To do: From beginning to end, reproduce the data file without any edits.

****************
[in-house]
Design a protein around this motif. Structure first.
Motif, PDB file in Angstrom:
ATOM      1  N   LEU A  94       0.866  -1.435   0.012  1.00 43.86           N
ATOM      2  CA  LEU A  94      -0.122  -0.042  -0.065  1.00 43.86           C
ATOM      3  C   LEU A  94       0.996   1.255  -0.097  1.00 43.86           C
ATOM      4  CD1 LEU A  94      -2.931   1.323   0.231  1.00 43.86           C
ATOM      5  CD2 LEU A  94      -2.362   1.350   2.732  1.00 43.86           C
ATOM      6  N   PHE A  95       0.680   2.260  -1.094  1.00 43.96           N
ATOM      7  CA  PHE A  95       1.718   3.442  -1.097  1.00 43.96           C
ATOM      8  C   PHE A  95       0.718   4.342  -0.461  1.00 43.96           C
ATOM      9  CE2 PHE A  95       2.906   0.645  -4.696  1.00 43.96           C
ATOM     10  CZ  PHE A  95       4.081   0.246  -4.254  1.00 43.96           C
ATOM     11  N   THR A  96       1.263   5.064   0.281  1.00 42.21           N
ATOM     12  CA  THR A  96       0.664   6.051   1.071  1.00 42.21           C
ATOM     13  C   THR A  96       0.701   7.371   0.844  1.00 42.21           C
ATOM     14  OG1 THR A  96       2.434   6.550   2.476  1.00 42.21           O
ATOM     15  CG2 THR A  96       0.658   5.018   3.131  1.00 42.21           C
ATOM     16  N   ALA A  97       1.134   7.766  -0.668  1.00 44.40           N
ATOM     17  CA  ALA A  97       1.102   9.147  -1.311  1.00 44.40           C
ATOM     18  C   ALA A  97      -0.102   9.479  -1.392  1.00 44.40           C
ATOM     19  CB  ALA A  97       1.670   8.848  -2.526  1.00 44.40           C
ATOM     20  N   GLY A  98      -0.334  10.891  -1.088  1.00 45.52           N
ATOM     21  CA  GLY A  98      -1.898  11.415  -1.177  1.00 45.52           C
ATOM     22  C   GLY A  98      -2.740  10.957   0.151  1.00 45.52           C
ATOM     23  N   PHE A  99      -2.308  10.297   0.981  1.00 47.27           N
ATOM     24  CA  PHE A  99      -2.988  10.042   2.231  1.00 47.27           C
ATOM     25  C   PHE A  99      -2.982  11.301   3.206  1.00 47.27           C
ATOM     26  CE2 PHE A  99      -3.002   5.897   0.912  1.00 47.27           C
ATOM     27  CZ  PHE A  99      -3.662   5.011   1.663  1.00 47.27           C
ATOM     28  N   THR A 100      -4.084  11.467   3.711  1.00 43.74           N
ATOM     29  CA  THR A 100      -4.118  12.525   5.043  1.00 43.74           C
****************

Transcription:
[in-house]
Design a protein around this motif. Structure first.
Motif, PDB file in Angstrom:
ATOM      1  N   LEU A  94       0.866  -1.435   0.012  1.00 43.86           N
ATOM      2  CA  LEU A  94      -0.122  -0.042  -0.065  1.00 43.86           C
ATOM      3  C   LEU A  94       0.996   1.255  -0.097  1.00 43.86           C
ATOM      4  CD1 LEU A  94      -2.931   1.323   0.231  1.00 43.86           C
ATOM      5  CD2 LEU A  94      -2.362   1.350   2.732  1.00 43.86           C
ATOM      6  N   PHE A  95       0.680   2.260  -1.094  1.00 43.96           N
ATOM      7  CA  PHE A  95       1.718   3.442  -1.097  1.00 43.96           C
ATOM      8  C   PHE A  95       0.718   4.342  -0.461  1.00 43.96           C
ATOM      9  CE2 PHE A  95       2.906   0.645  -4.696  1.00 43.96           C
ATOM     10  CZ  PHE A  95       4.081   0.246  -4.254  1.00 43.96           C
ATOM     11  N   THR A  96       1.263   5.064   0.281  1.00 42.21           N
ATOM     12  CA  THR A  96       0.664   6.051   1.071  1.00 42.21           C
ATOM     13  C   THR A  96       0.701   7.371   0.844  1.00 42.21           C
ATOM     14  OG1 THR A  96       2.434   6.550   2.476  1.00 42.21           O
ATOM     15  CG2 THR A  96       0.658   5.018   3.131  1.00 42.21           C
ATOM     16  N   ALA A  97       1.134   7.766  -0.668  1.00 44.40           N
ATOM     17  CA  ALA A  97       1.102   9.147  -1.311  1.00 44.40           C
ATOM     18  C   ALA A  97      -0.102   9.479  -1.392  1.00 44.40           C
ATOM     19  CB  ALA A  97       1.670   8.848  -2.526  1.00 44.40           C
ATOM     20  N   GLY A  98      -0.334  10.891  -1.088  1.00 45.52           N
ATOM     21  CA  GLY A  98      -1.898  11.415  -1.177  1.00 45.52           C
ATOM     22  C   GLY A  98      -2.740  10.957   0.151  1.00 45.52           C
ATOM     23  N   PHE A  99      -2.308  10.297   0.981  1.00 47.27           N
ATOM     24  CA  PHE A  99      -2.988  10.042   2.231  1.00 47.27           C
ATOM     25  C   PHE A  99      -2.982  11.301   3.206  1.00 47.27           C
ATOM     26  CE2 PHE A  99      -3.002   5.897   0.912  1.00 47.27           C
ATOM     27  CZ  PHE A  99      -3.662   5.011   1.663  1.00 47.27           C
ATOM     28  N   THR A 100      -4.084  11.467   3.711  1.00 43.74           N
ATOM     29  CA  THR A 100      -4.118  12.525   5.043  1.00 43.74           C